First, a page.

hip hop

#ProjectAttica Participates in #Mural-making activity with Elemento Ilegal Eskuela de Hip Hop at La Comuna 8 in Medellin, Colombia

On Sunday September 11, 2016 we went to La Comuna 8 in Medellin, Colombia.  La Comuna 8 is located in the eastern center of Medellin.   La Comuna 8 is immense and the area were we our artivism and mural-making was in the neighborhoods of Golondrinas and El Faro.  A large part of the efforts of Elemento Ilegal as a school is to empower the territory, these two neighborhoods specifically.  The displacement suffered by these neighborhoods has many causes the local military, criminal groups, and paramilitary groups are some of thoses causes. 

Together with Elemento Ilegal Eskuela de Hip Hop we met and discussed ways to spread artivism in these territories amid adversities as a form of resistance. 


Would you like to host one of our Artivism workshops at your school or non-profit? We would love to hear from you! Contact us!

Since 2011, Project Attica has brought Artivism – a free, dynamic, visual art, interactive workshop to students in New York City. Held in middle schools, high schools and community organizations in the city, Artivism provides students with a space to create works of art by expressing their views about social justice issues on wearable canvases.

What ‘white folks who teach in the hood’ get wrong about education

Columbia University associate professor Dr. Chris Emdin says the “white hero” narrative is setting up both teachers and students for failure. Photo courtesy of Diedre Reznik.

Columbia University associate professor Dr. Chris Emdin says the “white hero” narrative is setting up both teachers and students for failure. Photo courtesy of Diedre Reznik.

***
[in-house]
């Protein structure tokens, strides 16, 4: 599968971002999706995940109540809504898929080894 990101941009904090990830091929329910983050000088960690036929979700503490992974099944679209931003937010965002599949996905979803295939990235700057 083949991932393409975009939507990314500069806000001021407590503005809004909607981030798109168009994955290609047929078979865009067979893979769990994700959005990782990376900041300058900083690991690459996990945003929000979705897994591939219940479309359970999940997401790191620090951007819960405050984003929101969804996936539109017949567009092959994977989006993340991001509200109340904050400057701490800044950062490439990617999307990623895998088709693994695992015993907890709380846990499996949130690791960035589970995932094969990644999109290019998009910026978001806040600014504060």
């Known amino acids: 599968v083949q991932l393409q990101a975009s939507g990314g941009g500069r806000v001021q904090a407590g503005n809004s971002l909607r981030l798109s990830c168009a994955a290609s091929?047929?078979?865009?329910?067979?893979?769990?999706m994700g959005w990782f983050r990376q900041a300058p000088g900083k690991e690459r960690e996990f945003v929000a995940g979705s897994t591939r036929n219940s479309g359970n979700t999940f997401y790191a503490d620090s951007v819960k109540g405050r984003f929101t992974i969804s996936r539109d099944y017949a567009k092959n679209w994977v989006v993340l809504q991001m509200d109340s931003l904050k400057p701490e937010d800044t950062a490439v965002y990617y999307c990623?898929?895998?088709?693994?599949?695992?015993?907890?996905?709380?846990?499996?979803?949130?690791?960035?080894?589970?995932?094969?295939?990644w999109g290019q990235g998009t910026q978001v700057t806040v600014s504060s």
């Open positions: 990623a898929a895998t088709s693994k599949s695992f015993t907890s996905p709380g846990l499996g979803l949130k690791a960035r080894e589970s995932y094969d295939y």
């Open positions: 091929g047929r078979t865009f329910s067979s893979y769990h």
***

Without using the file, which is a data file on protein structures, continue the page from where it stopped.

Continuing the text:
PBS News Hour, March 28, 2016 || By Kenya Downs

“There’s a teacher right now in urban America who’s going to teach for exactly two years and he’s going to leave believing that these young people can’t be saved,” says Dr. Chris Emdin, associate professor at Columbia University’s Teachers College. “So he’s going to find another career as a lawyer, get a job in the Department of Education or start a charter school network, all based on a notion about these urban youth that is flawed. And we’re going to end up in the same cycle of dysfunction that we have right now. Something’s got to give.”

Emdin, who is also the university’s associate director of the Institute for Urban and Minority Education, has had enough of what he calls a pervasive narrative in urban education: a savior complex that gives mostly white teachers in minority and urban communities a false sense of saving kids.

 

“The narrative itself, it exotic-izes youth and positions them as automatically broken,” he says. “It falsely positions the teacher, oftentimes a white teacher, as hero.”

He criticizes the “white hero teacher” concept as an archaic approach that sets up teachers to fail and further marginalizes poor and minority children in urban centers. In “For White Folks Who Teach in the Hood … and the Rest of Y’all Too,” his new book released this month, Emdin draws parallels between current urban educational models and Native American schools of the past that measured success by how well students adapted to forced assimilation. Instead, he calls for a new approach to urban education that trains teachers to value the unique realities of minority children, incorporating their culture into classroom instruction. I talked with him about the book and why he says the stakes are too high to continue with the status quo. 

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